Changes to the Public Death Master File (DMF) and the Social Security Death Index (SSDI)

Effective today, 01 November 2011, the Social Security Administration (SSA) changed its policy on what records it will use as source material for adding new entries in the Public Death Master File (DMF) which, in turn, is used to create the Social Security Death Index (SSDI).

The Agency decided that it can no longer use state death records to add new entries to the DMF.  Furthermore, the SSA will remove approximately 4.2 million records currently on the SSDI because those entries were made based on information from state death records.  I have reproduced a fact sheet about the change later in this post.

The SSA made this decision based on the Social Security Laws, specifically those laws described in Sec. 205 [42 U.S.C. 405].  Basically, the law says that information on state death certificates may be used to correct information already in the DMF, but may not be used for any other purpose, including adding new entries to the DMF.

The SSA will continue to compile the DMF from a variety of sources including death reports from family members, funeral homes, hospitals, Federal agencies, postal authorities and financial institutions.  However, state death certificates which currently generate about 1 million entries in the DMF and SSDI every year will no longer be used.

Use of Death Certificates to Correct Program Information

(r)(1) The Commissioner of Social Security shall undertake to establish a program under which—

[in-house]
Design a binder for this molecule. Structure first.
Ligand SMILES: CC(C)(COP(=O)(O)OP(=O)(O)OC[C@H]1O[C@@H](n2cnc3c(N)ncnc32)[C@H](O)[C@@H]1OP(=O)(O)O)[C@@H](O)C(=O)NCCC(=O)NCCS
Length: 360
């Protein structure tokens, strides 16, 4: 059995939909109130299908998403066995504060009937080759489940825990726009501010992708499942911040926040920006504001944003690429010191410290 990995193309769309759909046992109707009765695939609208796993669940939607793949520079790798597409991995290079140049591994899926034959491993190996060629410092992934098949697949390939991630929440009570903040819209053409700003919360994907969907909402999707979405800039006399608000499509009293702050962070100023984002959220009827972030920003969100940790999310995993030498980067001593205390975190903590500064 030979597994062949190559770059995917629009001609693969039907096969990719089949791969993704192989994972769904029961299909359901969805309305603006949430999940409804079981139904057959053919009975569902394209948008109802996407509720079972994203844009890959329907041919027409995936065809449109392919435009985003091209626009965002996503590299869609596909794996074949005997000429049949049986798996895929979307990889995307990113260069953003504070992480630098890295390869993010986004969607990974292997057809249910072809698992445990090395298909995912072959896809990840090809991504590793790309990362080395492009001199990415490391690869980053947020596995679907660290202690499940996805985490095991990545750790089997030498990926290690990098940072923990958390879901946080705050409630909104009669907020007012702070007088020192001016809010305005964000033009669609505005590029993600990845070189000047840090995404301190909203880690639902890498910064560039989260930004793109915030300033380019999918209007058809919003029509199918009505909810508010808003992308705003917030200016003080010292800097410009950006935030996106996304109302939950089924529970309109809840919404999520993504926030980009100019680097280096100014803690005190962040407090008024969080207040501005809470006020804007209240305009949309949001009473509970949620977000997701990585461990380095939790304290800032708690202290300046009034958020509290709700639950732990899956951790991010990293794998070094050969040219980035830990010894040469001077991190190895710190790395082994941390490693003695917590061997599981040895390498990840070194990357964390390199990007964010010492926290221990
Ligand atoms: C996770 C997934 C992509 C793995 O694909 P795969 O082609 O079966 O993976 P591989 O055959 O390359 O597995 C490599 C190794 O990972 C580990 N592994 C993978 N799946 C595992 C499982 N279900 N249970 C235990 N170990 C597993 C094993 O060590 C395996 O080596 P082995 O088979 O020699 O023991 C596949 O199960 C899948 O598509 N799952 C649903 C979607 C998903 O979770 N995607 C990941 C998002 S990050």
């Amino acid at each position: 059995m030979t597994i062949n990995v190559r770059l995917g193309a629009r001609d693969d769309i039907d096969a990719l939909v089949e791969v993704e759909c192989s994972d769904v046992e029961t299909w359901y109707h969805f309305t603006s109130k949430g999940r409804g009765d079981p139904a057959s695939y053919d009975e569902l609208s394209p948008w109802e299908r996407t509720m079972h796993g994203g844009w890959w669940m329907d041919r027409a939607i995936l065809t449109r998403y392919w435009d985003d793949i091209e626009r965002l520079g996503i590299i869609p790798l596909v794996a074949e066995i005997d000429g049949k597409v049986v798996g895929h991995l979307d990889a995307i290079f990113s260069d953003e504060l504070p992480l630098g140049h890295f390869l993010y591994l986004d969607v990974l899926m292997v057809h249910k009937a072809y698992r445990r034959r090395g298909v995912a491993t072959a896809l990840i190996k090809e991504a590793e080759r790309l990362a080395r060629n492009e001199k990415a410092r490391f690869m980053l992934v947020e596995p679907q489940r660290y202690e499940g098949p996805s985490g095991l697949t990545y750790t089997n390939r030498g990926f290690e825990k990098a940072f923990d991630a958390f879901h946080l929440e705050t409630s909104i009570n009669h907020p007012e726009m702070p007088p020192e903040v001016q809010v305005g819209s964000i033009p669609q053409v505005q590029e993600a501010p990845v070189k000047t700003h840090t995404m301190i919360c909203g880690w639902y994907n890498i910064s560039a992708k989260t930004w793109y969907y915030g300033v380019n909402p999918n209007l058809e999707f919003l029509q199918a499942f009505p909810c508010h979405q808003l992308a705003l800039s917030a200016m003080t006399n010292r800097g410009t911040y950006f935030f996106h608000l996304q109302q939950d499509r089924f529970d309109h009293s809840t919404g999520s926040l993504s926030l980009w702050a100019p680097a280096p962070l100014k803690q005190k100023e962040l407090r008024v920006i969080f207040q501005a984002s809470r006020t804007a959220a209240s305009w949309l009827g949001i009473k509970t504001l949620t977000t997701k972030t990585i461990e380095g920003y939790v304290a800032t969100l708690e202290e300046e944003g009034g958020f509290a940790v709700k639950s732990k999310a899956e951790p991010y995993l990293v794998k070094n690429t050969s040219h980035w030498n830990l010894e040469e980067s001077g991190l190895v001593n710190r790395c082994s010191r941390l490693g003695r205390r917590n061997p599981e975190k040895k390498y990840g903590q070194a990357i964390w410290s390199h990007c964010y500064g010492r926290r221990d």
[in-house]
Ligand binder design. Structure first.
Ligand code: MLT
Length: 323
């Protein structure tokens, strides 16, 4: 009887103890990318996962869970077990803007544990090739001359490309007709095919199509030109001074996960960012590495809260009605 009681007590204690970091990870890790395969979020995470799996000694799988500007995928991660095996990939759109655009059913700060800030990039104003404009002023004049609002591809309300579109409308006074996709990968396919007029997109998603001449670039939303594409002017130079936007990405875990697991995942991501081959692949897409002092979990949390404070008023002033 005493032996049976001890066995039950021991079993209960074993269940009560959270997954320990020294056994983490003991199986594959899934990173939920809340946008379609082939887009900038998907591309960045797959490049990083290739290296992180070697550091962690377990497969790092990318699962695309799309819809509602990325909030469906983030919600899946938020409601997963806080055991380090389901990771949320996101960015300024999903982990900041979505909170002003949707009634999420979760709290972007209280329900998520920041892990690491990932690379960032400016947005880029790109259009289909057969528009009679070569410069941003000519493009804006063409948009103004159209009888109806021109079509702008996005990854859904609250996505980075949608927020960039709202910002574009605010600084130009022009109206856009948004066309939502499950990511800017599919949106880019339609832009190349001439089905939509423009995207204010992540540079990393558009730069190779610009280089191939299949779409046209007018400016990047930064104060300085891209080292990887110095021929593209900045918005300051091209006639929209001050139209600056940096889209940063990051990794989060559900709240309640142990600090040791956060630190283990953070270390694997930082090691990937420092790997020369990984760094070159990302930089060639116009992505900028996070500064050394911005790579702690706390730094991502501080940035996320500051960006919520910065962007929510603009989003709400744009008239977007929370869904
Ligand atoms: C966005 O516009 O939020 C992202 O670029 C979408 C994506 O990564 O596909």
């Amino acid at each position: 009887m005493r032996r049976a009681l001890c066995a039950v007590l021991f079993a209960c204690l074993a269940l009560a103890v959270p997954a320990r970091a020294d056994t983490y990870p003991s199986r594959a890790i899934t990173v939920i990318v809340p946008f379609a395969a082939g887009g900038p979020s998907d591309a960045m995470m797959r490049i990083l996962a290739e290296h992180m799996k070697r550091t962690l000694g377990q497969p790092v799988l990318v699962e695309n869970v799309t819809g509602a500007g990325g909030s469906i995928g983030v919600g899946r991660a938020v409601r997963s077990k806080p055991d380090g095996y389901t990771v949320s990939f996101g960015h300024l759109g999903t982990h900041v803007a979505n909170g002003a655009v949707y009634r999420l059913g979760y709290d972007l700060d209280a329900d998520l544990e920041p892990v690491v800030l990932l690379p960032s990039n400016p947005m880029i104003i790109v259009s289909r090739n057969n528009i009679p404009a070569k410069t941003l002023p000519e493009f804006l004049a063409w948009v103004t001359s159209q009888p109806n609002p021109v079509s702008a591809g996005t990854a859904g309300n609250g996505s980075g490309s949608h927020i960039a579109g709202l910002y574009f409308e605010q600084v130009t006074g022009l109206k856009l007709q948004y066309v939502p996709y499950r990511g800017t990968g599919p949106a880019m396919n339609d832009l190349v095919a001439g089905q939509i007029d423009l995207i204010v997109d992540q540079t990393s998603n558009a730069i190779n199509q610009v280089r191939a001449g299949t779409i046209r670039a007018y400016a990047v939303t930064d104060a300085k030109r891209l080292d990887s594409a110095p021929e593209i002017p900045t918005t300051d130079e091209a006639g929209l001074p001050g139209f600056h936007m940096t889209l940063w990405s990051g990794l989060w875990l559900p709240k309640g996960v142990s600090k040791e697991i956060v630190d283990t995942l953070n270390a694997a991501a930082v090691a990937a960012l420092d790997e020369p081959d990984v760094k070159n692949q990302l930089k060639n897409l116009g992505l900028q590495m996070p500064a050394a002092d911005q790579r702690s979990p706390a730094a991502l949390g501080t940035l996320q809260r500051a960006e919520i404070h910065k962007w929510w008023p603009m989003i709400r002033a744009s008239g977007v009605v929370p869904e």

(r)(1)(A) States (or political subdivisions thereof) voluntarily contract with the Commissioner of Social Security to furnish the Commissioner of Social Security periodically with information (in a form established by the Commissioner of Social Security in consultation with the States) concerning individuals with respect to whom death certificates (or equivalent documents maintained by the States or subdivisions) have been officially filed with them; and

(r)(1)(B) there will be (i) a comparison of such information on such individuals with information on such individuals in the records being used in the administration of this Act, (ii) validation of the results of such comparisons, and (iii) corrections in such records to accurately reflect the status of such individuals.

(r)(6) Information furnished to the Commissioner of Social Security under this subsection may not be used for any purpose other than the purpose described in this subsection and is exempt from disclosure under section 552 of title 5, United States Code, and from the requirements of section 552a of such title.

Fact Sheet: Change to the Public Death Master File (DMF)